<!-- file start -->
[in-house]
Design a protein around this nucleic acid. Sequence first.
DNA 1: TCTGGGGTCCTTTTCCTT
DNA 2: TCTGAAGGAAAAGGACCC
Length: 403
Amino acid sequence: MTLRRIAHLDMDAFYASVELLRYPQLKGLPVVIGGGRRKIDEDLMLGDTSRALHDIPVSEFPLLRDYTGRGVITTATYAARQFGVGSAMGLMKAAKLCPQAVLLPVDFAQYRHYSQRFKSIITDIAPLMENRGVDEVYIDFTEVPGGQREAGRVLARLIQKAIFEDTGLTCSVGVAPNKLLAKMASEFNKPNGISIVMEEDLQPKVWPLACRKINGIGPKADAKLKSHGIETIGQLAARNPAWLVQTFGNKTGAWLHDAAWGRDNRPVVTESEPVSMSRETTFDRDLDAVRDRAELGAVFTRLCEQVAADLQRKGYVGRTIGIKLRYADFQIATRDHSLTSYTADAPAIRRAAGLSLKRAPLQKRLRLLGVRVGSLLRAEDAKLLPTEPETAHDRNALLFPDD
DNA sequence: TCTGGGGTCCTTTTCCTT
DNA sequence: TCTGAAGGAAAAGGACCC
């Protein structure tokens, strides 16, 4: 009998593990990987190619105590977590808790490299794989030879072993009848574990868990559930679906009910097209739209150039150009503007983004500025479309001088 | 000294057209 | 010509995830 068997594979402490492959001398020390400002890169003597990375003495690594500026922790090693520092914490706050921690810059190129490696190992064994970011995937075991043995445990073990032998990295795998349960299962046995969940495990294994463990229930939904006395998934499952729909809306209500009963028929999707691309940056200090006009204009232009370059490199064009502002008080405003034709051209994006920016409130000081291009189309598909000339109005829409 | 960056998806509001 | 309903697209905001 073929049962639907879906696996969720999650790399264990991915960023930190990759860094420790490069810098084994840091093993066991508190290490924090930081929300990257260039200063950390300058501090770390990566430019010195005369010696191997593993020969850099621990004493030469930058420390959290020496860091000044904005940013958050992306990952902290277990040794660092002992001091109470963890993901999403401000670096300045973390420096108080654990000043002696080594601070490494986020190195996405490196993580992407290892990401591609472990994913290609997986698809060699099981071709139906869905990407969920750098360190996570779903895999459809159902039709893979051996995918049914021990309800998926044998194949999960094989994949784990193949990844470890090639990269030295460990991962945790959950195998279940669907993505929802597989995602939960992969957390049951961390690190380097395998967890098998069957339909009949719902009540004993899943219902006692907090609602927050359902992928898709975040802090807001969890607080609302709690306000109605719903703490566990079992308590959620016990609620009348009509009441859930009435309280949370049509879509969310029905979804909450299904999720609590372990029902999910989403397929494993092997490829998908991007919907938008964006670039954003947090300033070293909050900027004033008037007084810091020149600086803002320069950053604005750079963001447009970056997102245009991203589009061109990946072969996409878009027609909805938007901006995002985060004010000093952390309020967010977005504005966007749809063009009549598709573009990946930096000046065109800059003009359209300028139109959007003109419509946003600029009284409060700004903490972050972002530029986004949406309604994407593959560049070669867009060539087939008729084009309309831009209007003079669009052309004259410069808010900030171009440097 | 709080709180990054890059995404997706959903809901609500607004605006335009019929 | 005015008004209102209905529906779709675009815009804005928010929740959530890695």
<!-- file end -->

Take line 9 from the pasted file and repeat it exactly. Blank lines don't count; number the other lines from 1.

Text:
């Protein structure tokens, strides 16, 4: 009998593990990987190619105590977590808790490299794989030879072993009848574990868990559930679906009910097209739209150039150009503007983004500025479309001088 | 000294057209 | 010509995830 068997594979402490492959001398020390400002890169003597990375003495690594500026922790090693520092914490706050921690810059190129490696190992064994970011995937075991043995445990073990032998990295795998349960299962046995969940495990294994463990229930939904006395998934499952729909809306209500009963028929999707691309940056200090006009204009232009370059490199064009502002008080405003034709051209994006920016409130000081291009189309598909000339109005829409 | 960056998806509001 | 309903697209905001 073929049962639907879906696996969720999650790399264990991915960023930190990759860094420790490069810098084994840091093993066991508190290490924090930081929300990257260039200063950390300058501090770390990566430019010195005369010696191997593993020969850099621990004493030469930058420390959290020496860091000044904005940013958050992306990952902290277990040794660092002992001091109470963890993901999403401000670096300045973390420096108080654990000043002696080594601070490494986020190195996405490196993580992407290892990401591609472990994913290609997986698809060699099981071709139906869905990407969920750098360190996570779903895999459809159902039709893979051996995918049914021990309800998926044998194949999960094989994949784990193949990844470890090639990269030295460990991962945790959950195998279940669907993505929802597989995602939960992969957390049951961390690190380097395998967890098998069957339909009949719902009540004993899943219902006692907090609602927050359902992928898709975040802090807001969890607080609302709690306000109605719903703490566990079992308590959620016990609620009348009509009441859930009435309280949370049509879509969310029905979804909450299904999720609590372990029902999910989403397929494993092997490829998908991007919907938008964006670039954003947090300033070293909050900027004033008037007084810091020149600086803002320069950053604005750079963001447009970056997102245009991203589009061109990946072969996409878009027609909805938007901006995002985060004010000093952390309020967010977005504005966007749809063009009549598709573009990946930096000046065109800059003009359209300028139109959007003109419509946003600029009284409060700004903490972050972002530029986004949406309604994407593959560049070669867009060539087939008729084009309309831009209007003079669009052309004259410069808010900030171009440097 | 709080709180990054890059995404997706959903809901609500607004605006335009019929 | 005015008004209102209905529906779709675009815009804005928010929740959530890695």